MIDI combines light from the VLTI: the start of 10 μm interferometry at ESO - Observatoire de Paris Access content directly
Journal Articles The Messenger Year : 2003

MIDI combines light from the VLTI: the start of 10 μm interferometry at ESO

Ch. Leinert
  • Function : Author
U. Graser
  • Function : Author
A. Richichi
  • Function : Author
M. Schöller
  • Function : Author
L. F. B. M. Waters
  • Function : Author
G. Perrin
  • Function : Author
W. Jaffe
  • Function : Author
A. Glazenborg-Kluttig
  • Function : Author
F. Przygodda
  • Function : Author
S. Morel
  • Function : Author
P. Biereichel
  • Function : Author
N. Haddad
  • Function : Author
N. Housen
  • Function : Author
A. Wallander
  • Function : Author

Abstract

When at the beginning of November 2002 the MIDI containers were opened up in Paranal and the team members together with ESO personnel started to assemble the instrument in the VLTI interferometric laboratory, nobody could be completely sure that their ambitious goal could actually be achieved: to bring together for the first time two beams of light from distant giant telescopes at the wavelength of 10 microns and obtaining stable, repeatable and accurate interference fringes. Although the instrument had been designed and built with the utmost care and all laboratory tests in Europe indicated that all specifications were met, going to the sky was another matter. The thermal infrared covers the wavelength range around the peak of the natural emission of a black body with a temperature about 300 K. This is close to the ambient temperature of the telescope mirrors and structure, of the two dozens of mirrors (in each arm) needed to bring the light into the tunnel and the interferometric lab, of all the mechanic structures, and of course of the sky. Therefore, at the wavelengths to which MIDI is sensitive, everything glows brightly! There is no distinction between day and night, and even the brightest stars are just tiny speckles of light in an overwhelmingly bright background. For this reason, previous attempts to perform interferometry in the thermal infrared had to find other ways to combine the light (for example, like Bester et al. (1990), in the style of radiointerferometers, thereby however sacrificing sensitivity), or never achieved a real routine operation. Even the ambitious efforts being carried out at the Keck Interferometer, in spite of having started earlier than at ESO, are so far still confronted with difficulties in this special area.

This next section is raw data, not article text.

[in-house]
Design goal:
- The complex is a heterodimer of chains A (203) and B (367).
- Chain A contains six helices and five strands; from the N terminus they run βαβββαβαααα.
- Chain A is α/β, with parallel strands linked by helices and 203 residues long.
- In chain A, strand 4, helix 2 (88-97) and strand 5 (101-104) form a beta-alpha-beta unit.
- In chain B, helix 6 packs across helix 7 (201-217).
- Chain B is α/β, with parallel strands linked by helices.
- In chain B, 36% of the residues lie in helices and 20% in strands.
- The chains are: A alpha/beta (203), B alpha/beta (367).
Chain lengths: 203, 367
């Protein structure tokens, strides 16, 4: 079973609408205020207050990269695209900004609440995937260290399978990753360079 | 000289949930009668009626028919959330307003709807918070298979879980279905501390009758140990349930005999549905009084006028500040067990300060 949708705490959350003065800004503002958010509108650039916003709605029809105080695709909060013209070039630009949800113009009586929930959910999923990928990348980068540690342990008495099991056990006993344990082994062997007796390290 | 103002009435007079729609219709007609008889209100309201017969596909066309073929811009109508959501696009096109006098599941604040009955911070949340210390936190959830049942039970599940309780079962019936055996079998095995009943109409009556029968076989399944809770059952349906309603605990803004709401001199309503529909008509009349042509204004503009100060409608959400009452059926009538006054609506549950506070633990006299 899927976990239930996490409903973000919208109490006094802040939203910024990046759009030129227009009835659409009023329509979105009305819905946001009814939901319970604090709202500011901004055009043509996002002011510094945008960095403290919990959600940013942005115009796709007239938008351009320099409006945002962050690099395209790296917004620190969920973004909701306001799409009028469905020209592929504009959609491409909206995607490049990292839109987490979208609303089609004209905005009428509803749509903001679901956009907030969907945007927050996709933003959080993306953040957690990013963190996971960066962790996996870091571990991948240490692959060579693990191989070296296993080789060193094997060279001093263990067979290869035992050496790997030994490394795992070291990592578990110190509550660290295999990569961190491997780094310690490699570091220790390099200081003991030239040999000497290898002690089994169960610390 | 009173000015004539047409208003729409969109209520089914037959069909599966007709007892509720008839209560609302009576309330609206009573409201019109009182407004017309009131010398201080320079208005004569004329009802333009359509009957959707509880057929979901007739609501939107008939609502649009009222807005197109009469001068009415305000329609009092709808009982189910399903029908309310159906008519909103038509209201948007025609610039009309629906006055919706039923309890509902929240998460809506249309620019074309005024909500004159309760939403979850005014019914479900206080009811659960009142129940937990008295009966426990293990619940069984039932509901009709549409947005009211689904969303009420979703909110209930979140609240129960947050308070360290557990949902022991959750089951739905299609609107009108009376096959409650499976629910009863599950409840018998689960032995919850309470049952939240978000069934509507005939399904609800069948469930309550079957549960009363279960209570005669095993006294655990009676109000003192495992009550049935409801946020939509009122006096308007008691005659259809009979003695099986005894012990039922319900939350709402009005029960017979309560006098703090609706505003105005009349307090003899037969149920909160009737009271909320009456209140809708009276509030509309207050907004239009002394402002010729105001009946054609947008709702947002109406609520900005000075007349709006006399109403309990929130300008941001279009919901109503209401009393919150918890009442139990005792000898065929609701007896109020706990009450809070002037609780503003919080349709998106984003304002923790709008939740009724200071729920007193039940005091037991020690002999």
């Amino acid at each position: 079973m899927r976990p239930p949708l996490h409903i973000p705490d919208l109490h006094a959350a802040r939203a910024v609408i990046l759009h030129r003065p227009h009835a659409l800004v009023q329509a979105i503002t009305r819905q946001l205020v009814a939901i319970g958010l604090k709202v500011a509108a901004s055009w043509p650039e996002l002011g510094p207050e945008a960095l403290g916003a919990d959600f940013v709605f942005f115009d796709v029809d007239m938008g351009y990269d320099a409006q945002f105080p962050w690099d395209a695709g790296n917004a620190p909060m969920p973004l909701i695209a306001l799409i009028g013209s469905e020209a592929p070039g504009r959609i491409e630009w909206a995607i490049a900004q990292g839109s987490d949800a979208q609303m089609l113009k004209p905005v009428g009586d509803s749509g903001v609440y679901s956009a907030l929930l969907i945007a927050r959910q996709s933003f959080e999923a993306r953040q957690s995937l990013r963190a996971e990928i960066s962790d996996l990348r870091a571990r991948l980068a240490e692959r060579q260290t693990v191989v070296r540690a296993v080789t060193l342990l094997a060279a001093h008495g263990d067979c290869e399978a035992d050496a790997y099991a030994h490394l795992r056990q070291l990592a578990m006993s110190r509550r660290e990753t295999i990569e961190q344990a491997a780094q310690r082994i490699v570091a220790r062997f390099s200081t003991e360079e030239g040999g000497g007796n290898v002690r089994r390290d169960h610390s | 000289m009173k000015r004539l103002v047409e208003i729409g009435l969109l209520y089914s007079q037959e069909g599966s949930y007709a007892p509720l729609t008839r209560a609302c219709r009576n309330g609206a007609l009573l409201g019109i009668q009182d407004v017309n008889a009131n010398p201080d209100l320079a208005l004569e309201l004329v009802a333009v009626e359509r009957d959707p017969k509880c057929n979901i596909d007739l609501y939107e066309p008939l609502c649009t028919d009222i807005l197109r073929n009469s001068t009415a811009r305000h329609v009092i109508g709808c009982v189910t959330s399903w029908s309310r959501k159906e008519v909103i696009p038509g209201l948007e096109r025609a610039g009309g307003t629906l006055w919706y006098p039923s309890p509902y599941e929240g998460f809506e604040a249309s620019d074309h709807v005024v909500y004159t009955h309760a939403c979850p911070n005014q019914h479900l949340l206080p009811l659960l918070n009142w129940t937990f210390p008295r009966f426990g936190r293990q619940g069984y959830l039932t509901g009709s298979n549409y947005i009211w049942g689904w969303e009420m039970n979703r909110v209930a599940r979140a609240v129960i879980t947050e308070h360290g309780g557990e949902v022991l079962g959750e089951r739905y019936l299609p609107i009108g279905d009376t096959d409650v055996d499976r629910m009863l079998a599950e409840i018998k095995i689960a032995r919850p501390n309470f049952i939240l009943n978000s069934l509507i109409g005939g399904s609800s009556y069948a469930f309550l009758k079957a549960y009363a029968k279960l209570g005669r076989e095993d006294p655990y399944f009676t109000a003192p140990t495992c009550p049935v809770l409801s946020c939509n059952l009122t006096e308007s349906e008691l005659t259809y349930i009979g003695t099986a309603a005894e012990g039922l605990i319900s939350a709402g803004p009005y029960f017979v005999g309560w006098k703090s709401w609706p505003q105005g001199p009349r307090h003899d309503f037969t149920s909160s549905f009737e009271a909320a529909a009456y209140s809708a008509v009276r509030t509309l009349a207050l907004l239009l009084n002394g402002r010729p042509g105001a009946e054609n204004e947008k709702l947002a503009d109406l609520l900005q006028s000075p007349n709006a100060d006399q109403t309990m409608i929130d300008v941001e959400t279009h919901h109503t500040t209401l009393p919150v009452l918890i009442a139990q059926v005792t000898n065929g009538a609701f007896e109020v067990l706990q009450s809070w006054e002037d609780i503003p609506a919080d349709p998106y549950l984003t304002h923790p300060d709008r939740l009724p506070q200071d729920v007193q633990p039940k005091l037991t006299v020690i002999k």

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Dates and versions

obspm-03856377 , version 1 (16-11-2022)

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Ch. Leinert, U. Graser, A. Richichi, M. Schöller, L. F. B. M. Waters, et al.. MIDI combines light from the VLTI: the start of 10 μm interferometry at ESO. The Messenger, 2003, 112, pp.13-18. ⟨obspm-03856377⟩
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